Notes : Novel Society Class 10 Notes | EduRev

Class 10 : Notes : Novel Society Class 10 Notes | EduRev

 Page 1


 A BRIEF HISTORY 
OF 
THE NOVEL 
Page 2


 A BRIEF HISTORY 
OF 
THE NOVEL 
GENERAL PARAMETERS OF 
THE NOVEL 
? GENRE: Fiction: Narrative 
? STYLE: Prose 
? LENGTH: Extended 
? PURPOSE: Mimesis:  Verisimilitude 
“The Novel is a picture of real life and manners, and 
of the time in which it is written. The Romance, in 
lofty and elevated language, describes what never 
happened nor is likely to happen.”      
              Clara Reeve, The Progress of Romance, 1785  
Page 3


 A BRIEF HISTORY 
OF 
THE NOVEL 
GENERAL PARAMETERS OF 
THE NOVEL 
? GENRE: Fiction: Narrative 
? STYLE: Prose 
? LENGTH: Extended 
? PURPOSE: Mimesis:  Verisimilitude 
“The Novel is a picture of real life and manners, and 
of the time in which it is written. The Romance, in 
lofty and elevated language, describes what never 
happened nor is likely to happen.”      
              Clara Reeve, The Progress of Romance, 1785  
Verisimilitude 
?a semblance of truth 
?recognizable settings and characters in real 
time 
?what Hazlitt calls, “ the close imitation of men 
and manners… the very texture of society as it 
really exists.” 
?The novel emerged when authors fused 
adventure and romance with verisimilitude 
and heroes that were not supermen but 
ordinary people, often, insignificant nobodies. 
 
 
Page 4


 A BRIEF HISTORY 
OF 
THE NOVEL 
GENERAL PARAMETERS OF 
THE NOVEL 
? GENRE: Fiction: Narrative 
? STYLE: Prose 
? LENGTH: Extended 
? PURPOSE: Mimesis:  Verisimilitude 
“The Novel is a picture of real life and manners, and 
of the time in which it is written. The Romance, in 
lofty and elevated language, describes what never 
happened nor is likely to happen.”      
              Clara Reeve, The Progress of Romance, 1785  
Verisimilitude 
?a semblance of truth 
?recognizable settings and characters in real 
time 
?what Hazlitt calls, “ the close imitation of men 
and manners… the very texture of society as it 
really exists.” 
?The novel emerged when authors fused 
adventure and romance with verisimilitude 
and heroes that were not supermen but 
ordinary people, often, insignificant nobodies. 
 
 
Narrative Precursors to the Novel 
?Heroic Epics 
Gilgamesh, Homer’s Iliad and Odyssey,  
Mahabharata, Valmiki’s Ramayana, Virgil’s 
Aeneid, Beowulf, The Song of Roland  
?Ancient Greek and Roman Romances and 
Novels 
An Ephesian Tale and Chaereas and Callirhoe,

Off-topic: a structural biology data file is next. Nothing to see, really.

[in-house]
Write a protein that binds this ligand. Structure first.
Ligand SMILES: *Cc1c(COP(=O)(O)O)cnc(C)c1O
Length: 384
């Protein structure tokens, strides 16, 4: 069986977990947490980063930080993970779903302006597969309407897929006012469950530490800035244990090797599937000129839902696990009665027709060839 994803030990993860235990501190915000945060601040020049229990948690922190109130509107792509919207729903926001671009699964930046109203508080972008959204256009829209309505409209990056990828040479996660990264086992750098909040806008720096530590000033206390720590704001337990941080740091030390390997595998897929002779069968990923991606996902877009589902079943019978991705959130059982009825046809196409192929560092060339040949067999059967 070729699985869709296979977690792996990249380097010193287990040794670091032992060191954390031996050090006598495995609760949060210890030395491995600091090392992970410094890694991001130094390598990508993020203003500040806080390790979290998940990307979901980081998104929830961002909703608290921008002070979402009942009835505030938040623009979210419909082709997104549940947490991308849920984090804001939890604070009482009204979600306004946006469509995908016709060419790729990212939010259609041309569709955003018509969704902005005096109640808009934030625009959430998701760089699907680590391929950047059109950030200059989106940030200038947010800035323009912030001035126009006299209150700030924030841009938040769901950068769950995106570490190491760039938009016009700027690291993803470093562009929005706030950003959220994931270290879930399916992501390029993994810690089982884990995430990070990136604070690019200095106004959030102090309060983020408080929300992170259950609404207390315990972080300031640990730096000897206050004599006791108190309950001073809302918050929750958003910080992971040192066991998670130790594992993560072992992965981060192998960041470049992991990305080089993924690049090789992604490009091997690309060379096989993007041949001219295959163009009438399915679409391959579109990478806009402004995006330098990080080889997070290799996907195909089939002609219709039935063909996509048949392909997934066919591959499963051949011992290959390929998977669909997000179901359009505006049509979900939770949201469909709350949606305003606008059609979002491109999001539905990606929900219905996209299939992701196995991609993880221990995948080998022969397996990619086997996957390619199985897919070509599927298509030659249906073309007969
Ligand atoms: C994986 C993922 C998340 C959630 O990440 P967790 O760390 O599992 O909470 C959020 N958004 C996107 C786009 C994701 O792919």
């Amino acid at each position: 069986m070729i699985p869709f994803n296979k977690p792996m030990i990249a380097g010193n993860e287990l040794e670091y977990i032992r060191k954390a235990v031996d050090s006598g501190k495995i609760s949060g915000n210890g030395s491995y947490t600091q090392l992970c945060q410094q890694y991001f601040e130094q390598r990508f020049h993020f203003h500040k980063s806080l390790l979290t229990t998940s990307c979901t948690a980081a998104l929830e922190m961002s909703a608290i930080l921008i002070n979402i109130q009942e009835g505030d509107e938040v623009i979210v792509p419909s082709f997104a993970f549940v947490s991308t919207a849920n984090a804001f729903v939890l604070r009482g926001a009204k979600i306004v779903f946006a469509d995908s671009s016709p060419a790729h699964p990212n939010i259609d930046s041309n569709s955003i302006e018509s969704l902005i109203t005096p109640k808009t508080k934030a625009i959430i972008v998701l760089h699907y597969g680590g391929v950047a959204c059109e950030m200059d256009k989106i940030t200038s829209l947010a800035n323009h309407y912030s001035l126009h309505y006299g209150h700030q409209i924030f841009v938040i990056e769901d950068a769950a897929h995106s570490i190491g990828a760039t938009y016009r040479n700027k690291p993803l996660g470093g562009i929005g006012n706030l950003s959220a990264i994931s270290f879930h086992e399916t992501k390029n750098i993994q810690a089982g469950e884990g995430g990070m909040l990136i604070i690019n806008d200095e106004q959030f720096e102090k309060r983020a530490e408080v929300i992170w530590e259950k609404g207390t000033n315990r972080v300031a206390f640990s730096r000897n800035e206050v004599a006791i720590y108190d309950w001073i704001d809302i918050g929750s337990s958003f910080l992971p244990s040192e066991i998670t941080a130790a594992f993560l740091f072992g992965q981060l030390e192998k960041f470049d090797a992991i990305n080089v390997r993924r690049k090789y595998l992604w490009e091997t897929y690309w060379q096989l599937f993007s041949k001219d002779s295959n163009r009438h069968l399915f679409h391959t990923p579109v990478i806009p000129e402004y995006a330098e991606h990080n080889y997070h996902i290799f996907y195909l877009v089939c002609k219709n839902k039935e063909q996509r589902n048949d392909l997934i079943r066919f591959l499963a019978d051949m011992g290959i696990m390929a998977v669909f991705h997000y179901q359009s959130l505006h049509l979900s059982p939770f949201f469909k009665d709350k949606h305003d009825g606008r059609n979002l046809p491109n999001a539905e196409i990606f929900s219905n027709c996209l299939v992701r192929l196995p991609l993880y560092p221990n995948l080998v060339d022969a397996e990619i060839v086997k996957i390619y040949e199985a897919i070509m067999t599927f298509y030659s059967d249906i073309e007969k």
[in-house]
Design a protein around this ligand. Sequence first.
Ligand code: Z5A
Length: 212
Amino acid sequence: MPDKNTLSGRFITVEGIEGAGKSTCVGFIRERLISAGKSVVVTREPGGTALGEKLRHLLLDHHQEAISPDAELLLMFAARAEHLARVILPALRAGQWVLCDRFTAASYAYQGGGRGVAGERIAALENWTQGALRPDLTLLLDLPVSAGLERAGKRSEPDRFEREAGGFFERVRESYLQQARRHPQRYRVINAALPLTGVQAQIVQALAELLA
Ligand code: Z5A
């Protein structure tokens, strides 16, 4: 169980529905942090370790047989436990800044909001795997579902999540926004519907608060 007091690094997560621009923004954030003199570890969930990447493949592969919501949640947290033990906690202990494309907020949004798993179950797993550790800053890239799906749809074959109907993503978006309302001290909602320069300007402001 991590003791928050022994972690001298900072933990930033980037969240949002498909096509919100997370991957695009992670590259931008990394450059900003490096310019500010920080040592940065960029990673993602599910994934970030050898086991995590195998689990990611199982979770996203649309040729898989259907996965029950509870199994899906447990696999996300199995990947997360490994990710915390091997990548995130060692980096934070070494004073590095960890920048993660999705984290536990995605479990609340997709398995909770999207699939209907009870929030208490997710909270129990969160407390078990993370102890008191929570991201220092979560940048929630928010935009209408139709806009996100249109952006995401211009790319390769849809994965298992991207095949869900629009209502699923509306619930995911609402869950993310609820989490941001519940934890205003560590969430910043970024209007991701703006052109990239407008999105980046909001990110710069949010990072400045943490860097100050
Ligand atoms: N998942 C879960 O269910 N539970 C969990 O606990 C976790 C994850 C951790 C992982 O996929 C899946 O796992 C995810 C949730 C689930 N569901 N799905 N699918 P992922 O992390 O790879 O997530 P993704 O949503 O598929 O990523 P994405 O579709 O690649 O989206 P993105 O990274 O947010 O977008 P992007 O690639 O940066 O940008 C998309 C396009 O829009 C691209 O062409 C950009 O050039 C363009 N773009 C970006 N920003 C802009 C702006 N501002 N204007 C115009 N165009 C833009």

Petronius’s, Satyricon, Apuleius’s The Golden 
Ass 
?Oriental Frame Tales 
The Jataka, A Thousand and One Nights 
?Irish and Icelandic Sagas 
The Tain bo Cuailinge, Njal’s Saga 
Page 5


 A BRIEF HISTORY 
OF 
THE NOVEL 
GENERAL PARAMETERS OF 
THE NOVEL 
? GENRE: Fiction: Narrative 
? STYLE: Prose 
? LENGTH: Extended 
? PURPOSE: Mimesis:  Verisimilitude 
“The Novel is a picture of real life and manners, and 
of the time in which it is written. The Romance, in 
lofty and elevated language, describes what never 
happened nor is likely to happen.”      
              Clara Reeve, The Progress of Romance, 1785  
Verisimilitude 
?a semblance of truth 
?recognizable settings and characters in real 
time 
?what Hazlitt calls, “ the close imitation of men 
and manners… the very texture of society as it 
really exists.” 
?The novel emerged when authors fused 
adventure and romance with verisimilitude 
and heroes that were not supermen but 
ordinary people, often, insignificant nobodies. 
 
 
Narrative Precursors to the Novel 
?Heroic Epics 
Gilgamesh, Homer’s Iliad and Odyssey,  
Mahabharata, Valmiki’s Ramayana, Virgil’s 
Aeneid, Beowulf, The Song of Roland  
?Ancient Greek and Roman Romances and 
Novels 
An Ephesian Tale and Chaereas and Callirhoe, 
Petronius’s, Satyricon, Apuleius’s The Golden 
Ass 
?Oriental Frame Tales 
The Jataka, A Thousand and One Nights 
?Irish and Icelandic Sagas 
The Tain bo Cuailinge, Njal’s Saga 
Narrative Precursors to the Novel 
?Medieval European Romances 
Arthurian tales culminating in Malory’s Morte Darthur 
?Elizabethan Prose Fiction 
Gascoigne’s The Adventure of Master F. J.,Lyly’s Euphues, 
Greene’s Pandosto: The Triumph of Time, Nashe’s The 
Unfortunate Traveller, Deloney’s Jack of Newbury 
?Travel Adventures 
Marco Polo, Ibn Batuta, More’s Utopia, Swift’s Gulliver’s 
Travels, Voltaire’s Candide 
?Novelle  
Boccaccio’s Decameron, Margurerite de Navarre’s 
Heptameron 
?Moral Tales 
Bunyan’s Pilgrim’s Progess, Johnson’s Rasselas 
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